Did you know that you could have an Easter celebration that is fun and honors our environment? There are a wide range of Easter ideas but it’s the ones that won’t make our environment a mess that mean the most to Mother Nature. Here are our top picks for eco-friendly Easter ideas. Lets hop to it!
When you go to the store to find Easter baskets for your kiddos, the first ones you see are the traditional processed wicker or plastic baskets that make for a pretty presentation. But they are not good for the environment, so your best options are handmade wooden baskets. You can reuse these baskets for years which will save you the waste and money. Remember when filling your Easter basket to be sure to use shredded recyclable paper instead of the plastic Easter grass.
Easter Egg Hunts
We are all familiar with those plastic egg containers that our parents put our Easter goodies in. To steer clear of plastic eggs can be a bit of a challenge, but it is possible for your traditional Easter egg hunts. For instance, you can put candy goodies, small stuffed animals and eco-safe art supplies in small paper bags that you can decorate yourself. This way when the kids get their goodies out, you can recycle the bags rather than being wasteful with the plastic egg containers. They’d make fun lunch sacks for school!
Every Easter egg hunt isn’t complete without eggs dipped in dye. This year you can take it to a whole new level with natural dyes and natural decorations. Here is the recipe courtesy of Organic Authority.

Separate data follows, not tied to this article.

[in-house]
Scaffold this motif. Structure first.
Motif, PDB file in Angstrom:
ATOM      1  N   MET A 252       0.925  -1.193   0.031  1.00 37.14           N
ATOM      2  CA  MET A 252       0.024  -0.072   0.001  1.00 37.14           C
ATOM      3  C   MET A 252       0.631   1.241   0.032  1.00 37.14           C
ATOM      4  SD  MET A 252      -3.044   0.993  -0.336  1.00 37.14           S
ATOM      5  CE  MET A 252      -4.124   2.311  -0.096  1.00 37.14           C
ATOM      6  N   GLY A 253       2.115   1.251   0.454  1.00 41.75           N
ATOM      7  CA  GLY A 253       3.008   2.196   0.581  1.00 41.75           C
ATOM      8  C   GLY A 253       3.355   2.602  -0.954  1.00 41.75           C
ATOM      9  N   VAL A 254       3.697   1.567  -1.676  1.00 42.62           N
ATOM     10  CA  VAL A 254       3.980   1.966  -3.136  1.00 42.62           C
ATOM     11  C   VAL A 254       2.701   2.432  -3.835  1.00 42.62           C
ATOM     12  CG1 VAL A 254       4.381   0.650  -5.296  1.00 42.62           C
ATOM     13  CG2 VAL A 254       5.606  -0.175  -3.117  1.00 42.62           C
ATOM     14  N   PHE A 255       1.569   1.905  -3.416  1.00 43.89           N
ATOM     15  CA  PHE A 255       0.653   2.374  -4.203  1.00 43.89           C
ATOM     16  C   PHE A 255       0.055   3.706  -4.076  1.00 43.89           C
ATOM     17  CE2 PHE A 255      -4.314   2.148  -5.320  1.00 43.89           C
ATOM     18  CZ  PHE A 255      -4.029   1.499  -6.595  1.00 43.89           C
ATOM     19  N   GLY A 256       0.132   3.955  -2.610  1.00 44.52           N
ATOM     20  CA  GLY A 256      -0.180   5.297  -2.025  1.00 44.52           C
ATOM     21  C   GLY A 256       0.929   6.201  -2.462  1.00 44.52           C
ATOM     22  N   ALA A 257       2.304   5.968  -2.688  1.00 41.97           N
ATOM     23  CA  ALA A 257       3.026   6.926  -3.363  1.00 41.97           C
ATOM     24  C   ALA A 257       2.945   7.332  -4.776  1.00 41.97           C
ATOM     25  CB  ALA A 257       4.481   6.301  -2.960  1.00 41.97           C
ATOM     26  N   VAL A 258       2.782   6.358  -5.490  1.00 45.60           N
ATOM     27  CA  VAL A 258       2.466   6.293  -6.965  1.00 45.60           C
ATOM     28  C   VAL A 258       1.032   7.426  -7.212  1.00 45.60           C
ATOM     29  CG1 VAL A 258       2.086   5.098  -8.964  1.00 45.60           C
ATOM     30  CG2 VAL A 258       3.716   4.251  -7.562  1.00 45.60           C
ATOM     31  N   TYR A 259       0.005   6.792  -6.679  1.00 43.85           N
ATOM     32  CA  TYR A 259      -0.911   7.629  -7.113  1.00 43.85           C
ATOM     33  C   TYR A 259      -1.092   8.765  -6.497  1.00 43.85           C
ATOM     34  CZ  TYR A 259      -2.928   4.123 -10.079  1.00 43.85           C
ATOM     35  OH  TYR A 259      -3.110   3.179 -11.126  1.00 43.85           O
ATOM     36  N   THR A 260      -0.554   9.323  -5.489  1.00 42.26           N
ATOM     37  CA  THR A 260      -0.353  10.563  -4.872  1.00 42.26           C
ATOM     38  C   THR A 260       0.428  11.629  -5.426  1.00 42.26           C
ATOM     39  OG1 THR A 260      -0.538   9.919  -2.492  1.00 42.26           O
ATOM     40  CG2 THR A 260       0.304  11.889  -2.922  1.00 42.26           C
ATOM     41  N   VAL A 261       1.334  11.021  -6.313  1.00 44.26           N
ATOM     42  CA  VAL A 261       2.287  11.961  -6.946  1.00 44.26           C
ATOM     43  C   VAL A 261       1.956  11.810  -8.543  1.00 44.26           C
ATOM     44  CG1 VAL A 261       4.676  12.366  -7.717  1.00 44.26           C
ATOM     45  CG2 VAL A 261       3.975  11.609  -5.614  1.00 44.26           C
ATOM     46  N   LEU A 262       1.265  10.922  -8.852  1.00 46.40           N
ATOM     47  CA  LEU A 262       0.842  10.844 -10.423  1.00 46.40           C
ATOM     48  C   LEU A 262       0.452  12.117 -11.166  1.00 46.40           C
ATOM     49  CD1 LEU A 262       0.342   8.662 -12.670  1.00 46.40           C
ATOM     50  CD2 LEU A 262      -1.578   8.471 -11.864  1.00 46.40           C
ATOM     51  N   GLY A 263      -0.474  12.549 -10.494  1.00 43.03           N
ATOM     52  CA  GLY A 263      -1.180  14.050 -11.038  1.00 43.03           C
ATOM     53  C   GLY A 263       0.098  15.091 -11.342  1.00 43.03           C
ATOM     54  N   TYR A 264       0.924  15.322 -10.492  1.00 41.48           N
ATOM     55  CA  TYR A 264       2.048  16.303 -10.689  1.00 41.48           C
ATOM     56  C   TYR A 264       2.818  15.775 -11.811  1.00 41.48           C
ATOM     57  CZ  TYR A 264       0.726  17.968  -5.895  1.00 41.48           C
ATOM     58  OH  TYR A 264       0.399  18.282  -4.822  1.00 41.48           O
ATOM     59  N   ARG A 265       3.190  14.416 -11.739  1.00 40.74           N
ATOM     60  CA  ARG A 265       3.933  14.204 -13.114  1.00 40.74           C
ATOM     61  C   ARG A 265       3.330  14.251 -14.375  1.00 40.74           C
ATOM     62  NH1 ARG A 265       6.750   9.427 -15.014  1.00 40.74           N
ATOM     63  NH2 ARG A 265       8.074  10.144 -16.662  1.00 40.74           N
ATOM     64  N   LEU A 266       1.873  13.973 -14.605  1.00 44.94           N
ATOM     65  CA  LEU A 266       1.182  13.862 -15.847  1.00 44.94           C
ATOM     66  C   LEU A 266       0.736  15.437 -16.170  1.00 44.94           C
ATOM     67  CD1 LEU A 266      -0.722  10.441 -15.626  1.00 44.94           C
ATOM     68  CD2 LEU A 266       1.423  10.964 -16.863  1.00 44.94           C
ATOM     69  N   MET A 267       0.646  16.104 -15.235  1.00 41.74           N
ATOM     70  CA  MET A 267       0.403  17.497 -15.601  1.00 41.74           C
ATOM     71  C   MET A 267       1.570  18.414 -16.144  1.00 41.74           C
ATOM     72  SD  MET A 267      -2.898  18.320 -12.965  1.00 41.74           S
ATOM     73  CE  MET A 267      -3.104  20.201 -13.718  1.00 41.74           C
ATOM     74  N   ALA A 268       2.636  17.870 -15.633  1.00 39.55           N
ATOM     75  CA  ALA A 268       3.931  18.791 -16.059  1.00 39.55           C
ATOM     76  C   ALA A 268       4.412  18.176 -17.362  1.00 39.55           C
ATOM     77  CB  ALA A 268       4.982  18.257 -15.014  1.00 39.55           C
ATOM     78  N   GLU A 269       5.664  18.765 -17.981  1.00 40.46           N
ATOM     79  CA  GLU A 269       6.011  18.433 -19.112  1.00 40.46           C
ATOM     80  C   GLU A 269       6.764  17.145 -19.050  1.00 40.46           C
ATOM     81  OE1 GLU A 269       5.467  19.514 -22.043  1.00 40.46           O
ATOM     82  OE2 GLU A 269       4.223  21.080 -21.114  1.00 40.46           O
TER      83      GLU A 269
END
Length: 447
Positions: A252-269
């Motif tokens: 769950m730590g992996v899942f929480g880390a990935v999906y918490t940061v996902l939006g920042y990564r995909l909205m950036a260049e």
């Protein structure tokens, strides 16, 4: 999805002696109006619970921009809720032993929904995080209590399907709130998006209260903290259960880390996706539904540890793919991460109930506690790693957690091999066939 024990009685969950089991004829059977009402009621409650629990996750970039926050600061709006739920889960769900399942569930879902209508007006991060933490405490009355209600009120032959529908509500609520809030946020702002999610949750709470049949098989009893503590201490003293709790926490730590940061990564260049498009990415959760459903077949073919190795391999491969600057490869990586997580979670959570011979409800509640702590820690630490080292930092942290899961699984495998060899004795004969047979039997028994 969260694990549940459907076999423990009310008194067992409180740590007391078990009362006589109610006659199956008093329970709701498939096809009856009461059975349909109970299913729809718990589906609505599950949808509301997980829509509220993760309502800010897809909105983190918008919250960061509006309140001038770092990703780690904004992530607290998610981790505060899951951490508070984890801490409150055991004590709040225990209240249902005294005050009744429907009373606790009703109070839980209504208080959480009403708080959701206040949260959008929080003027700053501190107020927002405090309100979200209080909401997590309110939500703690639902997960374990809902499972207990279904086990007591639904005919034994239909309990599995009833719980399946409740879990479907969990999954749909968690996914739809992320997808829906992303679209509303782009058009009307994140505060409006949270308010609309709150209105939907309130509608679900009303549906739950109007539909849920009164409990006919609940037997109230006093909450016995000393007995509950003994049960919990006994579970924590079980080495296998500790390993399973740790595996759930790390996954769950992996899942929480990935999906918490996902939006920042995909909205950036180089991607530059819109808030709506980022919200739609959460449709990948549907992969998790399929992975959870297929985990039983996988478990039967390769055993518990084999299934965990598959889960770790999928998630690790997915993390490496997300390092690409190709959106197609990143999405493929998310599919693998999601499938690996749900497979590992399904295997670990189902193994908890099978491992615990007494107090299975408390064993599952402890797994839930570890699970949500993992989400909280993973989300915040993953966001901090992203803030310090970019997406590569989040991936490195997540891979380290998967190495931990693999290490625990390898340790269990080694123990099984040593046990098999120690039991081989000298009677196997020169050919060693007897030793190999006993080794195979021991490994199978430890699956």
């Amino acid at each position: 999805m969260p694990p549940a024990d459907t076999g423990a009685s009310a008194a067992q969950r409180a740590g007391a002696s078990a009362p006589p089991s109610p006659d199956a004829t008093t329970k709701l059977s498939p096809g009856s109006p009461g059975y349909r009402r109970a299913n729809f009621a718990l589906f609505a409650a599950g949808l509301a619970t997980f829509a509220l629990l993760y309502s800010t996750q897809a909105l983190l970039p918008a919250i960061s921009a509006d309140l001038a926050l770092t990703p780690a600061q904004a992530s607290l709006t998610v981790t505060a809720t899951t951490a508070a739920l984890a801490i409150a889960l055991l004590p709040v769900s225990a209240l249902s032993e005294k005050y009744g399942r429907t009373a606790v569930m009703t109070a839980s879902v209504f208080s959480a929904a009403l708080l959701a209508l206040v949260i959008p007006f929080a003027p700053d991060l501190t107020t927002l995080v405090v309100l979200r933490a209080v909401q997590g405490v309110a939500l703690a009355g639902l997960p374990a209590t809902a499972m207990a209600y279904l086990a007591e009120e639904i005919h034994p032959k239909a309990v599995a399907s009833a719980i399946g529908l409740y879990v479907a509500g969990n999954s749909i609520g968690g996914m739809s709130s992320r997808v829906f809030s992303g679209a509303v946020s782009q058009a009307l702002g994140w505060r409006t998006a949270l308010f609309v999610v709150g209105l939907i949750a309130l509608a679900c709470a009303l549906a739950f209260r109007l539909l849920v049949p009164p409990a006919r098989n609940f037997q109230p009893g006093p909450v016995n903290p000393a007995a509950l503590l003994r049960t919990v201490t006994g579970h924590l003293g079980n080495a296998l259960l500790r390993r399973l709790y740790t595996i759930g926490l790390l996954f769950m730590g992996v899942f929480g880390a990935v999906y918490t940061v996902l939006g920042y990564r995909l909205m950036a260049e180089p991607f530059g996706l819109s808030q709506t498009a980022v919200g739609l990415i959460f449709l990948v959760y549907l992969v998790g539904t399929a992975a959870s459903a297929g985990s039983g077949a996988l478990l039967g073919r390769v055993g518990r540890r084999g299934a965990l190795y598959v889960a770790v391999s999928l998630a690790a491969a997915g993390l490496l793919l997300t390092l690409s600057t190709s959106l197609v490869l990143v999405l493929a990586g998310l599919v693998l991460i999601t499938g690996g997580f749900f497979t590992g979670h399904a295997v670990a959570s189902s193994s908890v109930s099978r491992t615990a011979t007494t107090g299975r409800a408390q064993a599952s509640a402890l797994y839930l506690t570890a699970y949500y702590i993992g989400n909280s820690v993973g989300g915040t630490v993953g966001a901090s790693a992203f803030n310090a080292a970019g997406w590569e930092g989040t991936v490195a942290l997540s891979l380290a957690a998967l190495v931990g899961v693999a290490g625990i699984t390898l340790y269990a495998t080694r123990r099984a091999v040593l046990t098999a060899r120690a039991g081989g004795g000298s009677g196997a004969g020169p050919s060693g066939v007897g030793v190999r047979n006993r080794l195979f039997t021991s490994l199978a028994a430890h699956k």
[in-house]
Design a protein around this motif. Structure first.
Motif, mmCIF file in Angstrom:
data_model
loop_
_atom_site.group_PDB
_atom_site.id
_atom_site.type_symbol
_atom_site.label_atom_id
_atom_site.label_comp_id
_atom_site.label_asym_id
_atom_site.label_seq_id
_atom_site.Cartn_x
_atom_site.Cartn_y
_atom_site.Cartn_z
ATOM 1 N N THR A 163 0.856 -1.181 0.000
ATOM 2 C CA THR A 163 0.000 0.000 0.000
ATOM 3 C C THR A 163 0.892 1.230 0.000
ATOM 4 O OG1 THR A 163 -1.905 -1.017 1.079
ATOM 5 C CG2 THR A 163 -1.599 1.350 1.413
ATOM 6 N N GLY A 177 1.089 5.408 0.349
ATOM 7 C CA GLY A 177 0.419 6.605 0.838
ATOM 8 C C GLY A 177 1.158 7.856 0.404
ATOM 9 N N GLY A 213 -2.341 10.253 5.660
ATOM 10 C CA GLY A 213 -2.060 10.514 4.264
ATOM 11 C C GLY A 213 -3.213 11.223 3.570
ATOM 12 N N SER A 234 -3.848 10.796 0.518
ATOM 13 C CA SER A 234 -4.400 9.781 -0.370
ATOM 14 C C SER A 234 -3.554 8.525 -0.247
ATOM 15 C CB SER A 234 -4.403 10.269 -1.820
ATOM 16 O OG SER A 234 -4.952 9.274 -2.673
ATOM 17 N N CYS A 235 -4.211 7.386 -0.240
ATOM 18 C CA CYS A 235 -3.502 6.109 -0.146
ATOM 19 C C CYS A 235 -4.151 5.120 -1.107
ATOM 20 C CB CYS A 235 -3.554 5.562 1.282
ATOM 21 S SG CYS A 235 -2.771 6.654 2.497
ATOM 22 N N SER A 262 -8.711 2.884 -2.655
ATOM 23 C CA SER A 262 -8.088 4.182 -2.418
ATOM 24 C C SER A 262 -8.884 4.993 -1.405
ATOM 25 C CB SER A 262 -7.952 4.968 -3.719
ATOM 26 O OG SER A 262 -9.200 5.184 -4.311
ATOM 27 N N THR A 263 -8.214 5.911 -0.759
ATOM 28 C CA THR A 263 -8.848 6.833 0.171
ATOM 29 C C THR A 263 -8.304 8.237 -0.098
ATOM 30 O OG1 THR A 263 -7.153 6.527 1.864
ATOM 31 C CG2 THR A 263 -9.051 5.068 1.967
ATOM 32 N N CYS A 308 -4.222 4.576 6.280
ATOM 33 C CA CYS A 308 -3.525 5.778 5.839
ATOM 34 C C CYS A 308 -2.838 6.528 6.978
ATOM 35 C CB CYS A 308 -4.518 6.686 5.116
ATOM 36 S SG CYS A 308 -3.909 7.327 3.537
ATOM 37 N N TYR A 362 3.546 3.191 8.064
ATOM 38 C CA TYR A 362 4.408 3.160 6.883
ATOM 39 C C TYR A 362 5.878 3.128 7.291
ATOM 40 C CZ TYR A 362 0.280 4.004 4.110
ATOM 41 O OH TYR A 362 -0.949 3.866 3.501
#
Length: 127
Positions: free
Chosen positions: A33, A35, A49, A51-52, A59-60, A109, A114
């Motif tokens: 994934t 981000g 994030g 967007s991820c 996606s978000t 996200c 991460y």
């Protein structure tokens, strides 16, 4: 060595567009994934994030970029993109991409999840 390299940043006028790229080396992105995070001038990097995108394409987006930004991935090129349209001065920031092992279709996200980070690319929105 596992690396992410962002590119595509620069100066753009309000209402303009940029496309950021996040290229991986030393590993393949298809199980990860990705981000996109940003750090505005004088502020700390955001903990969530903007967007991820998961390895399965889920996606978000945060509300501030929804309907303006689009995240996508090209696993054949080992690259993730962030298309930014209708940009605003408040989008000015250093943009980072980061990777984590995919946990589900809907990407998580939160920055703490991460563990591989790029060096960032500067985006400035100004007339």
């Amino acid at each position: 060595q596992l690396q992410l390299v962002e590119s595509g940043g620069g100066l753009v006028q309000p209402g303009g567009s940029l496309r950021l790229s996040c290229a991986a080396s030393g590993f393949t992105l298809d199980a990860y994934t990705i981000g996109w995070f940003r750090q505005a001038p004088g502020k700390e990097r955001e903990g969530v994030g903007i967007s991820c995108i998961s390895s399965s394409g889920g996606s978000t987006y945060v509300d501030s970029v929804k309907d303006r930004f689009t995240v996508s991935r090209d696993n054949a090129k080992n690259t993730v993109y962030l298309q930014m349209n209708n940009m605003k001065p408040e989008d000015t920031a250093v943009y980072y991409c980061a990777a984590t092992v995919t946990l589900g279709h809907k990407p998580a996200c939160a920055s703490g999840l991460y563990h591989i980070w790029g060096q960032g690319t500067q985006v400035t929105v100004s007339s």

Blue Coloring = Blueberries
Green Coloring = Spinach
Yellow Coloring = Ground turmeric or orange peels
Pink Coloring = Beets or rhubarb
Red Coloring = Raspberries
To hard boil your eggs, put the eggs in a saucepan and bring to a boil. Once they are boiling, start to simmer and let them cook for eight minutes. Remove carefully from the water and place them somewhere dry to cool. To prepare your dyes, add 1 cup of water, 1-2 tablespoons of white vinegar, and your 1/2 cup of natural food coloring of choice (listed above) to a saucepan. Simmer for ten minutes and add more or less of the food item to achieve your desired color. Pour into an individual container (it should still be hot) and get ready to dip your eggs or paint them. Since these dyes are all natural, you will want to let your eggs soak for a few minutes or boil the eggs with the dye for brighter colors.
Now to decorate your eggs, we have found a great way to do it yourself (DIY) and enjoy nature at the same time. Rebecca who has her own blog A Daily Something went on a flower picking expedition and picked up some beautiful flowers. She then used her favorite type of string (jute twine, white baker’s twine and neon pink masonry line) to attach the freshly picked greenery and flowers to hard-boiled eggs. You can add these decorations to your naturally dyed Easter eggs or use these decorations as an alternative to egg dying.
Last but not least, let’s get to your Easter lunch or dinner that you are having with your family and friends. Do you ever wonder what to do with your leftovers? Well you can start a composting bin with your family. Even the smallest eco-friendly Easter ideas can make a big difference!
We hope you have a have a wonderful, fun planet-friendly Easter!
Special thanks to Flickr user Gertrud K. for the photo.